It's been a little over a year since my departure! Time is going by fast, that's for sure. Everything is good so far. Things are slowly picking up from the long summer vacation, after completely stopping after May. My language has definitely improved. I can carry on conversations, but I understand more than I can speak.
I'm continuing my daily programs like, advanced English where I have high school students practice public speaking and debate. I teach Spanish, girls’ fitness, and beginning English at the women's center, youth center, and high school housing.
My main projects that I'm currently working on are setting up a technology club and library. I'm currently working on grants to obtain the necessary materials. I'm focusing on research skills, typing, and Microsoft programming for high school students. I'm hoping to create a large career fair at the high school similar to the ones UTEP hosts but a bit smaller. Many students do not know what to do after high school or can't identity their skills. I'm hoping this is successful.
I'm doing health out-reach to surrounding smaller villages towards women and young girls who don't have access to health resources.
I have definitely have had some ups and downs. It's been difficult living in a predominantly male society. Sexual harassment has been up the roof. Sometimes it takes a lot of courage to even walk to the corner store and buy eggs, but I have worked up to just ignore these things. I get mistaken for Moroccan most of the time here so people expect me to act like them (dress conservatively, have a male accompany me everywhere). The way of life here moves extremely slow, so having a lot of down time has definitely taken a toll on my mental health because I was so used to being busy in America. I have a year left, so I'm thinking about the present and just taking it day by day and working on a couple of projects that I'm focusing on.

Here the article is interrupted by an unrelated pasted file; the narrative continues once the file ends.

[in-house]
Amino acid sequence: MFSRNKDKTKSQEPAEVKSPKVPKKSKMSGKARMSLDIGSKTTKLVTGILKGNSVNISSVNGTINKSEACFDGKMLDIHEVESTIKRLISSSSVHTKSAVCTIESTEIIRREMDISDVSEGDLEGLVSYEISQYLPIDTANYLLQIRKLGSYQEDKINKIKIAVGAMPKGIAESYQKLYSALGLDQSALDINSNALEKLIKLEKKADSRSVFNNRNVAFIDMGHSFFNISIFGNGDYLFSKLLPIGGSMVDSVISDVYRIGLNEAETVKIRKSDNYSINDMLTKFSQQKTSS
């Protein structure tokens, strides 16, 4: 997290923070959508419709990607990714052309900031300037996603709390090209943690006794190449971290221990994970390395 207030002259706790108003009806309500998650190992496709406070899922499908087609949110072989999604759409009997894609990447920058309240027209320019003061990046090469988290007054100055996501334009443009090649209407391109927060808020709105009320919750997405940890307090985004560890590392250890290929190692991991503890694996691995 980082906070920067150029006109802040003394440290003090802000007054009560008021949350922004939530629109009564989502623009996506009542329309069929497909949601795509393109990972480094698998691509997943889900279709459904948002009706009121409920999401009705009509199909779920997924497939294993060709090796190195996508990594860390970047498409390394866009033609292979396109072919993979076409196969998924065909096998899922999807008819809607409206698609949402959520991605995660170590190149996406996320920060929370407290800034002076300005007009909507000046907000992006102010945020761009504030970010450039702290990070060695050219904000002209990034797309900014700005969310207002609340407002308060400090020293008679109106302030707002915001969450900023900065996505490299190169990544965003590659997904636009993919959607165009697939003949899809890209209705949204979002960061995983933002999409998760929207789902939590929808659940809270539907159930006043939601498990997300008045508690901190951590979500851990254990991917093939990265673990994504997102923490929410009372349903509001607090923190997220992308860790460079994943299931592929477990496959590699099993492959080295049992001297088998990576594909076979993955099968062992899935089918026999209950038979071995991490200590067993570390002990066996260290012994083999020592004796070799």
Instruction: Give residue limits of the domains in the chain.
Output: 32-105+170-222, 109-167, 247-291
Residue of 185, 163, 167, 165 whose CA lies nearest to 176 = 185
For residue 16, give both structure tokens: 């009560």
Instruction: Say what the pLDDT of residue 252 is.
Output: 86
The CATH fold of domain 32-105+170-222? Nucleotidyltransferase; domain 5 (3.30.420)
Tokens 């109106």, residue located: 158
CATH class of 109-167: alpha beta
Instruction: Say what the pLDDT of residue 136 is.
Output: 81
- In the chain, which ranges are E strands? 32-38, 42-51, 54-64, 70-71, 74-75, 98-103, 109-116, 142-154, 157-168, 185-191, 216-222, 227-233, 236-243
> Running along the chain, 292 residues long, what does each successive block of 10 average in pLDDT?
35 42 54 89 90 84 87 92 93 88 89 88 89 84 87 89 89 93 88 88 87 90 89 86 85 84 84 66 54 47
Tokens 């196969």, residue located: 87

April 2017 -
Hi, this is Kimberly Valle. I'm currently living in the town of Tata, which is the southern part of Morocco close to the border of Algeria. The nearest city is Agadir (5 hours away) that is on the Atlantic coast. The people here in the south are so hospitable and welcoming to any Peace Corps Volunteers. Here, we not only speak Darija (Moroccan Arabic) but we also speak the native language called Tashelheet or Tamazight (which dialect varies in every side of the country). I love it here! I have made close friends and their families have all warmly welcomed me into their homes.
There is so much work to do in the Youth Development sector, Agriculture and Women's Health. I've been attending many trainings and workshops to initiate projects at my site, which is very rewarding having to travel and meet new people. Currently I'm getting ready to head north to Marrakech for additional workshops as it slowly gets hotter and people start to travel to where it is a little cooler. (It gets up to 130 degrees F in Tata!).
Pictures from Morocco
Dannia, Community Health Outreach in Mozambique